Professor Jean Dreze, member, Central Employment Guarantee Council was a witness to this dialogue. Grassroots organisations active in the area also apprised the team of similar PC/cut system.
'If this is true, and so much money gets siphoned off, it reflects the state of polity in Uttar Pradesh. While the chief minister has shown political will to implement the NREGA, the same willingness is not evident at the village level. It would be a shame for our state if corruption continues unabated while other states with similar problems and history of misgovernance grab the initiative,' she said.
The activists and excerpts team has recommended that NREGP should be implemented on a war footing. The transparency measures in respect to availability of muster roles on work site should be strictly ensured. As the government is diverting special funds for the Bundelkhand region it has to ensure that benefits actually reach the poorest sections.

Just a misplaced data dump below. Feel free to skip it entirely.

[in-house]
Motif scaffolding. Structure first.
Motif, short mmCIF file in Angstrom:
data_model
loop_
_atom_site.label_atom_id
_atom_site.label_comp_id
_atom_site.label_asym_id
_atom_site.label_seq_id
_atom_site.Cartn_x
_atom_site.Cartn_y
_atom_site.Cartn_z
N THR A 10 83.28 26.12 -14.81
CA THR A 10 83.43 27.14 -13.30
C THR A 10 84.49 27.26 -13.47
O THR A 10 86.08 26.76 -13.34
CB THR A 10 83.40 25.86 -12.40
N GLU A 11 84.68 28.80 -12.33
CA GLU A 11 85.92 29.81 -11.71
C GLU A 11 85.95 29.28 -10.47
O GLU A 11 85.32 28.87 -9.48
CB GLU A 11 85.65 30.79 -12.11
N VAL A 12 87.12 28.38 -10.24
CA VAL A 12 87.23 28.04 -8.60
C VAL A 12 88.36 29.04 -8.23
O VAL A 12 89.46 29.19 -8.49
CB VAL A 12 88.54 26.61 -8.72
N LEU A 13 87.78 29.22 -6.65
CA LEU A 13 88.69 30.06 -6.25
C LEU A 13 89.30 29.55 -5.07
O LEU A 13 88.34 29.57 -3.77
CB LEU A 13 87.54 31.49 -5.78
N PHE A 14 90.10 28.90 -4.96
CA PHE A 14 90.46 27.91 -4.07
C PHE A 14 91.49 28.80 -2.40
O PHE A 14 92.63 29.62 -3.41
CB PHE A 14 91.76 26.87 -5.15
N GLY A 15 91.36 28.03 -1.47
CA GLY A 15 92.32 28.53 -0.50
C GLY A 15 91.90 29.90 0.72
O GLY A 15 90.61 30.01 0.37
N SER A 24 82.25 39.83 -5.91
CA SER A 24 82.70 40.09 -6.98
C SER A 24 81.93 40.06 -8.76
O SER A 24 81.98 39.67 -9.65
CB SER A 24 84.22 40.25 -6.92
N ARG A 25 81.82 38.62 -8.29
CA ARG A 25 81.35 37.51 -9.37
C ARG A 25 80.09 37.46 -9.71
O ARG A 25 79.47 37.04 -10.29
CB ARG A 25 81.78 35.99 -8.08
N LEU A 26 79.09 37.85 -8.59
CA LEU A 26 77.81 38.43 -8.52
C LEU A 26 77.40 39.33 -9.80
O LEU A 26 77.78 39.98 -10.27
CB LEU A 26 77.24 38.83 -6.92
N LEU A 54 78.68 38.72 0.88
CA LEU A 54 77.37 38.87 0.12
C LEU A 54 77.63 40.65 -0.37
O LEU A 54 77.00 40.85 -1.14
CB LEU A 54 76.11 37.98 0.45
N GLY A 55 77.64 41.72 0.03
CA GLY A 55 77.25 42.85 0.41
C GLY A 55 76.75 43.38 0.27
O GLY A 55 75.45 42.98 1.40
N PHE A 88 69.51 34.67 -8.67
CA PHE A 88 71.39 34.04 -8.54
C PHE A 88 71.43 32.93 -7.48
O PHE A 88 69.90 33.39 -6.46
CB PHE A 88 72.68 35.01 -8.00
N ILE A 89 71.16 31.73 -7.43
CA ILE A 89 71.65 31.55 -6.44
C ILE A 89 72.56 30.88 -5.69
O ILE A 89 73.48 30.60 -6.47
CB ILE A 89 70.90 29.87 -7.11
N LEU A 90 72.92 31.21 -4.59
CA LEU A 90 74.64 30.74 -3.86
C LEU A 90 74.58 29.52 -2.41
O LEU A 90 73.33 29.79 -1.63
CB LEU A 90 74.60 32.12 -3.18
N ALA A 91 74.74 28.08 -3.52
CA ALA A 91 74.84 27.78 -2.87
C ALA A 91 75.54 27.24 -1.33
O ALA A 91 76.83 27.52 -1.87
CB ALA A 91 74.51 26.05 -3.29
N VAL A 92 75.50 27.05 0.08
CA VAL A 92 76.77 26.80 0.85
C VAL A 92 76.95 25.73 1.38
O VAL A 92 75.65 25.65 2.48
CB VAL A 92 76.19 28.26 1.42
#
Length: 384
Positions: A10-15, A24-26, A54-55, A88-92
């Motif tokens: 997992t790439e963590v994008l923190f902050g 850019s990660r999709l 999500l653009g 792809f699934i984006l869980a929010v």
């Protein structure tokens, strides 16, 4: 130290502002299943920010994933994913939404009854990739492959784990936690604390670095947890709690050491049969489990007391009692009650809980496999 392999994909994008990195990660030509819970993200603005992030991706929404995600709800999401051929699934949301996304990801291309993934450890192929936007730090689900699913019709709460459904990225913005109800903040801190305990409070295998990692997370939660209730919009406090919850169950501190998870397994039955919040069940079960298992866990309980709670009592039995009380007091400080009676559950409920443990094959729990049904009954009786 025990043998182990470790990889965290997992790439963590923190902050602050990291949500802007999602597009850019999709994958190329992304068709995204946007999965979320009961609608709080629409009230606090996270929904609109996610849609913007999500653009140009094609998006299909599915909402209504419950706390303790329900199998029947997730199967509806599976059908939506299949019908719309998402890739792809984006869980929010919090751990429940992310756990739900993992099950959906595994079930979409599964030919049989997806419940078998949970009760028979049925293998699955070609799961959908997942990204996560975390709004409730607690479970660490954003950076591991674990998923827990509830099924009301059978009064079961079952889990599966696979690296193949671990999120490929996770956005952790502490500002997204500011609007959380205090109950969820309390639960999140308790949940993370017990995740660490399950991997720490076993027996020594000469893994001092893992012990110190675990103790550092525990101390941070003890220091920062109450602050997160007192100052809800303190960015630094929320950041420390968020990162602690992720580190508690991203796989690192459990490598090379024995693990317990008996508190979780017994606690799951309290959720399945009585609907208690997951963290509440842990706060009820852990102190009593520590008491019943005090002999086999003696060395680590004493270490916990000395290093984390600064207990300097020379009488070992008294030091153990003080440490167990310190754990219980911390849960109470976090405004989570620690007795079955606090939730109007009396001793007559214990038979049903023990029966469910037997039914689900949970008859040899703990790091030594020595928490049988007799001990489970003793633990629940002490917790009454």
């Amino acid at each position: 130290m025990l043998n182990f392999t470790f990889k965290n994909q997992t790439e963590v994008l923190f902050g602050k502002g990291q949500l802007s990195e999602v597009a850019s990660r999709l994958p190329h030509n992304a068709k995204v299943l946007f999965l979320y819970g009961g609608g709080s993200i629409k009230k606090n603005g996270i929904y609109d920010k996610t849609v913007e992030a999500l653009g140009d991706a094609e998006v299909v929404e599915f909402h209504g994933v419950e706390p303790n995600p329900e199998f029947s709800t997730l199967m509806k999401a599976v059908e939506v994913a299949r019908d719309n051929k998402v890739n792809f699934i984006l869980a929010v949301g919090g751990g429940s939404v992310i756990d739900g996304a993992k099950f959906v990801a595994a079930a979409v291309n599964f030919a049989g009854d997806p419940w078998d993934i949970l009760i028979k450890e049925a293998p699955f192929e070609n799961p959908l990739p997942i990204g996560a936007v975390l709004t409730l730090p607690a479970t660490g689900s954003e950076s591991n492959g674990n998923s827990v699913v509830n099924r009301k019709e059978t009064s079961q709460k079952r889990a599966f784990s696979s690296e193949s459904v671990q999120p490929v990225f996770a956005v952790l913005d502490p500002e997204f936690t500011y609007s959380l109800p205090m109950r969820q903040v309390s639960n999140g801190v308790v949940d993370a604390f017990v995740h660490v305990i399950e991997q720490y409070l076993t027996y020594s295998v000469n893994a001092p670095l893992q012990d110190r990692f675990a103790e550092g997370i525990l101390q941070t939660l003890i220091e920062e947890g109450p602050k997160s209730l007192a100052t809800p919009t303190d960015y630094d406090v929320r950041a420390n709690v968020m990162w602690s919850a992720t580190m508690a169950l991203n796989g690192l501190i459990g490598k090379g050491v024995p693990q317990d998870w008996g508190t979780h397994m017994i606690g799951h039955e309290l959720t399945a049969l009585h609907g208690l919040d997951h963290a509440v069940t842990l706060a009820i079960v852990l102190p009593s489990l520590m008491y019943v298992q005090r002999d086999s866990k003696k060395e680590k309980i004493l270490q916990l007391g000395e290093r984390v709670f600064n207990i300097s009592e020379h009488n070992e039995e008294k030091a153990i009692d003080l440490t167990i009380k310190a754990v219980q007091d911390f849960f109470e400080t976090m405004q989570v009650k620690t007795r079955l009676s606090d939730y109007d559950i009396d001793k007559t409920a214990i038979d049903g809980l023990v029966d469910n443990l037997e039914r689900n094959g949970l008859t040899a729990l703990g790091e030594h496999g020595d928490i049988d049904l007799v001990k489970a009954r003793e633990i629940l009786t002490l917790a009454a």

The state government should start drought relief works and ensure work for 300 days in a year including 100 days under NREGP.
But, things are never easy in troubled areas like Bundelkhand. The day following the team's visit to the Bar Village, Brijendra of the Rashtriya Yuva Yojana was beaten up at the instigation of the Pradhan. A first information report has been lodged. In Chaundali village the ration shop dealer beat up a respondent who talked to the team.